I wrote this blog last week, when we were in Swan Valley, Idaho. Snake River county.
If you missed, or didn’t have time for the brief video summary, click here.
I walk over to the river. There’s not much other for destination around here. That is, unless you want to take the longer walk down to the corner gas and grocery near the Roadhouse Cafe and the tiny post office. It’s just a crossroads of a town . . . but that walk’s on gravel road with no tree cover, so the short path to the river is better.
As I approach I smell it. Sorta like fish, or at least the smell I remember when I’d go fishing with Dad. It’s the smell of a fisherman’s hope . . . and it takes me back to Dad like no photo ever could.
It’s the first time in a long time I think of him; I give thanks for him, remember that he was a good dad. And he loved to fish. Mom used to say she never knew anybody who liked to fish like he did.
And he was good at it. He had a reputation for catching when nobody else was, and more, and bigger. When it’s that regular, it’s not just luck.
All I can come to is that he thought about it. He thought about it before he went, knowing what he’d be after, what the fish preferred, when they’d be hungry . . . like that. He was also a patient man. He liked just being out there on the water, on the shore, on a pier. If they weren’t biting, he enjoyed it still.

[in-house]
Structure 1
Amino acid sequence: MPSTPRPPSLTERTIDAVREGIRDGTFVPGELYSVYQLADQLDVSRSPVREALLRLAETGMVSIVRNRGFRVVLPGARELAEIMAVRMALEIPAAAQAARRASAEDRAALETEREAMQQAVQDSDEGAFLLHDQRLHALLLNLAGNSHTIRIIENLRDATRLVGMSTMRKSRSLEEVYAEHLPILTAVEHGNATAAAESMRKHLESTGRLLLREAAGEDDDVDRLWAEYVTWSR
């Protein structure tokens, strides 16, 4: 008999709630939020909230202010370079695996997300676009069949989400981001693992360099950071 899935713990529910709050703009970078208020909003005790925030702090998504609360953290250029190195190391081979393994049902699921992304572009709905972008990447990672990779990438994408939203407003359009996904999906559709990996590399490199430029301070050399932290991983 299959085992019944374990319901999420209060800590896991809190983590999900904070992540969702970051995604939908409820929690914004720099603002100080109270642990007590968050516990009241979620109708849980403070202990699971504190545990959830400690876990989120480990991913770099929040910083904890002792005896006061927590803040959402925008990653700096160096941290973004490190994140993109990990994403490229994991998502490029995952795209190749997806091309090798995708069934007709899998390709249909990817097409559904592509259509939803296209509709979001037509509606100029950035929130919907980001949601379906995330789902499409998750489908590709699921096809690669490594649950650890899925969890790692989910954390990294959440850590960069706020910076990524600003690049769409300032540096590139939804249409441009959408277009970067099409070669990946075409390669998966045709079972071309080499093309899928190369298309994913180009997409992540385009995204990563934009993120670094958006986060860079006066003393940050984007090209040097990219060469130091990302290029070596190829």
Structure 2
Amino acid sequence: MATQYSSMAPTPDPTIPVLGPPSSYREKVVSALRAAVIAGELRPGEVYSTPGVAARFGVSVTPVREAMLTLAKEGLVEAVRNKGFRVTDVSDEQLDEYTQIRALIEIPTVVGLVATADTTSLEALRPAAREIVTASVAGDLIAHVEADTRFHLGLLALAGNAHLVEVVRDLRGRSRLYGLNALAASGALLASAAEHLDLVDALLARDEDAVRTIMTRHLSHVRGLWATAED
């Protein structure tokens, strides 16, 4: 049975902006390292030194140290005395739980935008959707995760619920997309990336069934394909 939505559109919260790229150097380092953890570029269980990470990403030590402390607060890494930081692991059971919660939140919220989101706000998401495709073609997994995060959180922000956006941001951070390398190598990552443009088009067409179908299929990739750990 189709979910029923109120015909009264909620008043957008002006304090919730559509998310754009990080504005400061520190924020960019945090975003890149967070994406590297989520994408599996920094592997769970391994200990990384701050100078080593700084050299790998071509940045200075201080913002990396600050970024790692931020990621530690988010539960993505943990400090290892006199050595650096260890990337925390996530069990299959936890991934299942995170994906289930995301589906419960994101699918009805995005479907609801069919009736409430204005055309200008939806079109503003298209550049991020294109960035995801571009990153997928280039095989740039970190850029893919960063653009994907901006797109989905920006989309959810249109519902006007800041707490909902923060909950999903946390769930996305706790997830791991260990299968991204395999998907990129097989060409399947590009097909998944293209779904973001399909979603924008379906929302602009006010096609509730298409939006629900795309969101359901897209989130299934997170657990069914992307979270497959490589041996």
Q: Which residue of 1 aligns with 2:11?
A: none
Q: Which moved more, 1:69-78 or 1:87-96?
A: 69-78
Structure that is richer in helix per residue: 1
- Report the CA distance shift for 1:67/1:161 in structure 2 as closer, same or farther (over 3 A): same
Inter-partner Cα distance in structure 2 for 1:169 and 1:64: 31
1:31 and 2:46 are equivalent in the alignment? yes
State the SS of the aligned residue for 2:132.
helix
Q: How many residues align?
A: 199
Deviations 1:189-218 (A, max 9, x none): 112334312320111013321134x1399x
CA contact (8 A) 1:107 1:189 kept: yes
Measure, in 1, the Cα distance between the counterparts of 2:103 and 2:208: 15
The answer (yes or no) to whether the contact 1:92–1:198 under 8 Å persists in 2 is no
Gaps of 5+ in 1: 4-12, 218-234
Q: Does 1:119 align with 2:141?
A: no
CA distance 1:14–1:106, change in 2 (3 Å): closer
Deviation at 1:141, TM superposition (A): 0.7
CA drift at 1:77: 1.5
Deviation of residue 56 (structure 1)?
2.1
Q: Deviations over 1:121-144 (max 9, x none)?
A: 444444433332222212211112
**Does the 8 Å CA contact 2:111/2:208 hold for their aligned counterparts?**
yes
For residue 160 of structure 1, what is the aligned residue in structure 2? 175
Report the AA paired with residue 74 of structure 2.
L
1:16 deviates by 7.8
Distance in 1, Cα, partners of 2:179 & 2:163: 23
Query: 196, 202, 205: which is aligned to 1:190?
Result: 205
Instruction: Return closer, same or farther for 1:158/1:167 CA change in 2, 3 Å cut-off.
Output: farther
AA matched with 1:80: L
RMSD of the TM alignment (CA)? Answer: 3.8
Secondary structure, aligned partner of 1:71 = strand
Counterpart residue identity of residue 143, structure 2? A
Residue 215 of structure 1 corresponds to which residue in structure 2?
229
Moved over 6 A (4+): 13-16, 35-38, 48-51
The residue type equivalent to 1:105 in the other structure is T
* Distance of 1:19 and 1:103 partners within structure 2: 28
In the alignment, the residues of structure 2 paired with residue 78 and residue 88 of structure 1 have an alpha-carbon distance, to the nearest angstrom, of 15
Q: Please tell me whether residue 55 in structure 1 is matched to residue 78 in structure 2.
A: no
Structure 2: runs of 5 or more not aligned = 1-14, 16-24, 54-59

It wasn’t a hobby/sport/occupation that took with me. A mutual friend once remarked that Dad probably wondered where he’d gone wrong, a son that he was happy to invite along, but never really loved doing it as deeply, and less as time went by.
I remember the last time I went out with him for mountain stream fishing. Instead of a pole I brought along a pair of binoculars, just to look around, especially at things right at my feet. I enjoyed that more than fidgeting around with tackle, waiting for what might or might not be happening beneath the water’s surface, extracting a hook from the mouth of a squirming prize, or later gutting it . . . though at dinner I was happy to eat the results of the day.
The view right at the feet is almost always just as wonderous as any . . . this one without binoculars. (On both, click to enlarge.)
But though catching fish didn’t catch with me, I learned from it just the same. Someone told me once, after I saw it myself but hadn’t named it, “FISHING IS A GREAT METAPHOR FOR ALL OF LIFE.”
You’re active and passive both.
It’s part luck, it’s part strategy.
Sometimes you succeed, sometimes you don’t. You’re challenged to be content either way.
When you do succeed you don’t take all the credit; there were other forces at play.
When you don’t succeed, you don’t quit, not if you’re a real fisherman.
There are no guarantees.
Except one: If you don’t go, you’ll never catch.
So, thanks, Dad. It was great remembering you today. I don’t know what my kids will remember me for. I hope the fragrance is as sweet.
PS There are a few photos of Dad (and Mom) in the sample pages of the book I did for them . . . including a classic of him fishing! Click here.